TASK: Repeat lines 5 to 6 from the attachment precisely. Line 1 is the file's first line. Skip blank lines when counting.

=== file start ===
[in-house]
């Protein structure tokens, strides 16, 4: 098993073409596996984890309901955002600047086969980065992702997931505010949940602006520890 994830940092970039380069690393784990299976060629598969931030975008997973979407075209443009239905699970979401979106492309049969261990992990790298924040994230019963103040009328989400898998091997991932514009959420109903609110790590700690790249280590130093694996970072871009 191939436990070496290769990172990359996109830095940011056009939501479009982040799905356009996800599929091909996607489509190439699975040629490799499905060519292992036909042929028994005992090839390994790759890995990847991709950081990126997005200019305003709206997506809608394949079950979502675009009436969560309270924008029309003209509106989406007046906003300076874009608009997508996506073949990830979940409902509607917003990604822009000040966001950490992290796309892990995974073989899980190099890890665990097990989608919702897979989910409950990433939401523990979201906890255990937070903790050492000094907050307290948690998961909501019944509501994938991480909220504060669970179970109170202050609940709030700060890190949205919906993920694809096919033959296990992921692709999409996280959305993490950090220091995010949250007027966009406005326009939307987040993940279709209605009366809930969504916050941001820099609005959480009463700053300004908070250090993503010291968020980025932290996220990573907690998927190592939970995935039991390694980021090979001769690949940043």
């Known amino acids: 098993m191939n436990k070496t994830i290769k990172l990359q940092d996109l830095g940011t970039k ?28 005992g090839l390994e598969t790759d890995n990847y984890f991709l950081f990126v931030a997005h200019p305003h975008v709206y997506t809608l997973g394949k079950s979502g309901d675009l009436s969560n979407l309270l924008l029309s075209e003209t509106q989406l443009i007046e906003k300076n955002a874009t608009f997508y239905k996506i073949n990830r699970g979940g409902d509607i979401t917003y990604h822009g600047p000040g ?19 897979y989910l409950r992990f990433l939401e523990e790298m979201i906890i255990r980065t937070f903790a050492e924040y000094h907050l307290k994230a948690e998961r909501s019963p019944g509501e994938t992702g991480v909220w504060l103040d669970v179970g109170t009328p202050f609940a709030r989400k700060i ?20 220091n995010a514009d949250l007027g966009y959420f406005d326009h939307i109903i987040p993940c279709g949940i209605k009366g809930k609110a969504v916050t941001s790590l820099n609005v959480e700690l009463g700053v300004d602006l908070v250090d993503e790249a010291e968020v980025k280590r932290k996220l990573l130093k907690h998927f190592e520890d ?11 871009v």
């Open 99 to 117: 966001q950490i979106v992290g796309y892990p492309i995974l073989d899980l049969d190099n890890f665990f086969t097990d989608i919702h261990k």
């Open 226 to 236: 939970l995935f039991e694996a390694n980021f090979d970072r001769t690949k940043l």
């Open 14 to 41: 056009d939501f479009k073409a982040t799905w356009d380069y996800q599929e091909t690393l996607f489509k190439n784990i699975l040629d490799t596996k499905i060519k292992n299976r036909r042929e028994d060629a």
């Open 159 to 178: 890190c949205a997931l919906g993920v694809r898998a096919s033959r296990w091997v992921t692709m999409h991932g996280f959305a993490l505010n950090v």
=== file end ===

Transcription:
């Open 226 to 236: 939970l995935f039991e694996a390694n980021f090979d970072r001769t690949k940043l």
């Open 14 to 41: 056009d939501f479009k073409a982040t799905w356009d380069y996800q599929e091909t690393l996607f489509k190439n784990i699975l040629d490799t596996k499905i060519k292992n299976r036909r042929e028994d060629a």